“We’ve been trying to get … bills through parliament, we were promised in the Agnew review, a ‘quantum shift in the public’s relationship with nature’. That review has basically been shelved. It’s been thrown out the window, and we suspect the reason why is because landowners like this are the people who hold all the cards.”

We don’t have rotten boroughs in Britain any more. We are a democracy and corruption is kept in check. This is something we need to tell ourselves. But it is nonetheless worthy of note that Benyon was rejected by the local electorate when he first stood as an MP in 1997, and was routed again in 2001. It was only on a third attempt, at the 2005 election, that he finally followed in his father’s footsteps and was elected to Parliament.


Benyon was appointed as a government minister in 2010 and was given responsibility for wildlife, and for maintaining ecosystems and land management. At around the same time his family trust allowed the destruction of 218 acres of forest in the mining of gravel. “The conifer forest was quite spectacular with the river running down the back – aesthetically I haven't seen anything like it,” a Hampshire resident told The Sunday Times at the time. “It was magnificent but they have deforested half of a three-mile radius. You've lost the trees, walkways and routes through the forests and you've gained a quagmire. It looks like a bomb site."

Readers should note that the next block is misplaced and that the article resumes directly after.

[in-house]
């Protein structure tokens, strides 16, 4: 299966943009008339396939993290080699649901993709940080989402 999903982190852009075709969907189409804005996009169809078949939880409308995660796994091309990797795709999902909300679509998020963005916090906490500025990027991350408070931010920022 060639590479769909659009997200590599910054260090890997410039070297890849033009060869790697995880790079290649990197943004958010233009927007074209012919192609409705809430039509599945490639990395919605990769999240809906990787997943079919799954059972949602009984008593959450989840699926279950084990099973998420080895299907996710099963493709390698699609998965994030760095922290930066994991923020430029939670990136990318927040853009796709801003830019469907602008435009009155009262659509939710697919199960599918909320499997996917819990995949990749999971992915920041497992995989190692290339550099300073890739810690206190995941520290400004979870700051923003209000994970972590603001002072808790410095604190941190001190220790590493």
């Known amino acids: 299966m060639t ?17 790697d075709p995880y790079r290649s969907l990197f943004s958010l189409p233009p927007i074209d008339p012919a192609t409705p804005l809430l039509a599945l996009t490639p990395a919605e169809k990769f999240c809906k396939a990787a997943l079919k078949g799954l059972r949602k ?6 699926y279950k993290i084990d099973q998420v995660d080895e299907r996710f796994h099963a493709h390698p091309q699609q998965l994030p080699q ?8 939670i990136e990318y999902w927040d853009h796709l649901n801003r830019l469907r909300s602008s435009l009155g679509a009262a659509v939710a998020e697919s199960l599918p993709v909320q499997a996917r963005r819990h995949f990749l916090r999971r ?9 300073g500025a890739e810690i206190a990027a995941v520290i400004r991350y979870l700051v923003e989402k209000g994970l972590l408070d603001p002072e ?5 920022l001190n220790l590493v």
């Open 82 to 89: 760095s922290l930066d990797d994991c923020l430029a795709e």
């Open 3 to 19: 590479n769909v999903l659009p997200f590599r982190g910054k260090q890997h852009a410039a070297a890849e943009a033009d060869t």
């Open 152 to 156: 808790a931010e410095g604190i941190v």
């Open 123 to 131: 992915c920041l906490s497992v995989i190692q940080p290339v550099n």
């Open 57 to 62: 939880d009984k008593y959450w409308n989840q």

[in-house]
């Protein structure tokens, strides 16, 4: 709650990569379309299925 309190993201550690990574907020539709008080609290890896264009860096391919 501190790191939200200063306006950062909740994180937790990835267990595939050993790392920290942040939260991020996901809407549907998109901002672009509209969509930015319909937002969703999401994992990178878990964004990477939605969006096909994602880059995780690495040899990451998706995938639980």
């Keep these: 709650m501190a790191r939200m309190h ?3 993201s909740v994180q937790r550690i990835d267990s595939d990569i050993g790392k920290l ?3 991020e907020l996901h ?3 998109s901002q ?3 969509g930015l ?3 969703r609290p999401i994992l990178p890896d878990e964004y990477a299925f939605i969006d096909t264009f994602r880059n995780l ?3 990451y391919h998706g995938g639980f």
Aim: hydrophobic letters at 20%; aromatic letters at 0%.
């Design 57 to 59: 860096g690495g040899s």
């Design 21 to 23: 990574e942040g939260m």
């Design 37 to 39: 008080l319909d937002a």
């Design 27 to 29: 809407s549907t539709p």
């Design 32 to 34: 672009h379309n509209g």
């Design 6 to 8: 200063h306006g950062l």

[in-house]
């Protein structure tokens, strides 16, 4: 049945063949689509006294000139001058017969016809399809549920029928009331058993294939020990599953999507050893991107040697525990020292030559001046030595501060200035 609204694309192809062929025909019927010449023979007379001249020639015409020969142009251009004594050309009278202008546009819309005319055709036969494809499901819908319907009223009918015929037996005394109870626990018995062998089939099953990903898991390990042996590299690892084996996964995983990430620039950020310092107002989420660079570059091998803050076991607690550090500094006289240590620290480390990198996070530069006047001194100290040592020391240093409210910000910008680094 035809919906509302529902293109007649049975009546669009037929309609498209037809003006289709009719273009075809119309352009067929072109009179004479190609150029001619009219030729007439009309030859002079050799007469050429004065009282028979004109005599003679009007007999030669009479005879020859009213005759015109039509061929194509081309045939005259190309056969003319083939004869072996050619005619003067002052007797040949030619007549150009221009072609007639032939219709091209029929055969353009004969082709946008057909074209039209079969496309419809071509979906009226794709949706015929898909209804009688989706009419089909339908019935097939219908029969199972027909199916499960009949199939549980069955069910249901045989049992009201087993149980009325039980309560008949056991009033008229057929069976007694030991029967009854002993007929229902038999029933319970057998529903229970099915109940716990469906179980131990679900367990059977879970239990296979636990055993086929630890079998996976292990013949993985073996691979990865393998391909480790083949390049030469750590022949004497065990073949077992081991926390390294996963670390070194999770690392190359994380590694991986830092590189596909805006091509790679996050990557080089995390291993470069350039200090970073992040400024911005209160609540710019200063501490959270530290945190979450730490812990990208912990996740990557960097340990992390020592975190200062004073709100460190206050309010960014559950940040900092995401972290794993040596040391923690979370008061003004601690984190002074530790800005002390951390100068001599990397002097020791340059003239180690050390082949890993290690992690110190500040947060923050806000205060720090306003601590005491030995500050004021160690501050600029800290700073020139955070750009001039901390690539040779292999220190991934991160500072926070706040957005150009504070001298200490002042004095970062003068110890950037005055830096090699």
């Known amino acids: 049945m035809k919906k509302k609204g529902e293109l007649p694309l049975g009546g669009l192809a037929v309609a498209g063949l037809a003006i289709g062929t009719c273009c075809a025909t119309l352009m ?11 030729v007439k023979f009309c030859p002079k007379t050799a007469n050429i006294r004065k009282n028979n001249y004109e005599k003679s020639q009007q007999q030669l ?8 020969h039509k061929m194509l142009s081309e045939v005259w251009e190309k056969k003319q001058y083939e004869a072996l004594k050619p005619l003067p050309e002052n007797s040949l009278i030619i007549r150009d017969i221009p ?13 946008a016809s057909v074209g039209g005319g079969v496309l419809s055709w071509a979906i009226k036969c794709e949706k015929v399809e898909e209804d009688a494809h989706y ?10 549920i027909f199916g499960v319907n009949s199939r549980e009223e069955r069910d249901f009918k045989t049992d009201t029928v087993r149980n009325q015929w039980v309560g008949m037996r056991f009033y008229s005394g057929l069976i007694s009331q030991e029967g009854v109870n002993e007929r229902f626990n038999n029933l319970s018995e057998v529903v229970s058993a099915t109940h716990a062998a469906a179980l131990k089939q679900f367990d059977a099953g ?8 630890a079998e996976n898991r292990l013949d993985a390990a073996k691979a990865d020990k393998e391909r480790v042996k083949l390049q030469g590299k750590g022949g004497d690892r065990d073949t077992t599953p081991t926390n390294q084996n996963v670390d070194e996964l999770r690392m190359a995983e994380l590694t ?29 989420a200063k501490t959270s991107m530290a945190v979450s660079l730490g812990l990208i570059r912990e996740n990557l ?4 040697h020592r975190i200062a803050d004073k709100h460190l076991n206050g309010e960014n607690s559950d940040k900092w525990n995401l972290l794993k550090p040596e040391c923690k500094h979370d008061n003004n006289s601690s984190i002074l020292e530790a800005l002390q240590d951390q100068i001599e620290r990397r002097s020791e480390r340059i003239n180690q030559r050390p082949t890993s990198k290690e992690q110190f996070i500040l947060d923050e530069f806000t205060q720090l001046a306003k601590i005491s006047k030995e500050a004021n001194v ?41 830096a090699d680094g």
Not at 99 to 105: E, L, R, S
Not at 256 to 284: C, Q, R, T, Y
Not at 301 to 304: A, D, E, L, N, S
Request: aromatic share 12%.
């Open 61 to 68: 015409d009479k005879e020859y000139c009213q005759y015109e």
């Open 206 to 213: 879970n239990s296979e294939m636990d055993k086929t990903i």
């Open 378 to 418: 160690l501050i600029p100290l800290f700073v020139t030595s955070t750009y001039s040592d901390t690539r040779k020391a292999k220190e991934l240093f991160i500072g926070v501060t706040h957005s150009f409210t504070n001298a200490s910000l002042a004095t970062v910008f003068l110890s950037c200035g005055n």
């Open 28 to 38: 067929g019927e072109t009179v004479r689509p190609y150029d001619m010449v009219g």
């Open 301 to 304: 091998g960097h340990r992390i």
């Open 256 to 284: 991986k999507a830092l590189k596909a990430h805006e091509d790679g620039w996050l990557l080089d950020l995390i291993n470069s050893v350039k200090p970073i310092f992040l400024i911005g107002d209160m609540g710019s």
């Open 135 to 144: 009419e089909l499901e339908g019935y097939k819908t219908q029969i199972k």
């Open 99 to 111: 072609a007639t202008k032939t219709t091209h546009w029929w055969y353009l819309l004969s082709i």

The aristocrat was further criticised for failing to criminalise the possession of carbofuran, a gas used to kill raptors, which was banned by the European Union. Caroline Lucas, the Green party MP, told The Independent back then: "The minister's shocking refusal to outlaw the possession of a poison used only by rogue gamekeepers to illegally kill birds of prey would be inexplicable were it not for his own cosy links to the shooting lobby". He also failed to cut fishing quotas. 

Benyon had the Conservative whip removed years later, and effectively sacked from government, by prime minister Boris Johnson in 2019 as the split over Brexit threatened to tear the Tory party apart. He did not stand as an MP again at that years’ election despite having had the whip restored. But you cannot keep a good aristocrat down. Johnson elevated his recent adversary to the House of Lords in 2021, and within months he returned to government unelected - taking up his current role as Parliamentary Under-Secretary of State for Rural Affairs and Biosecurity.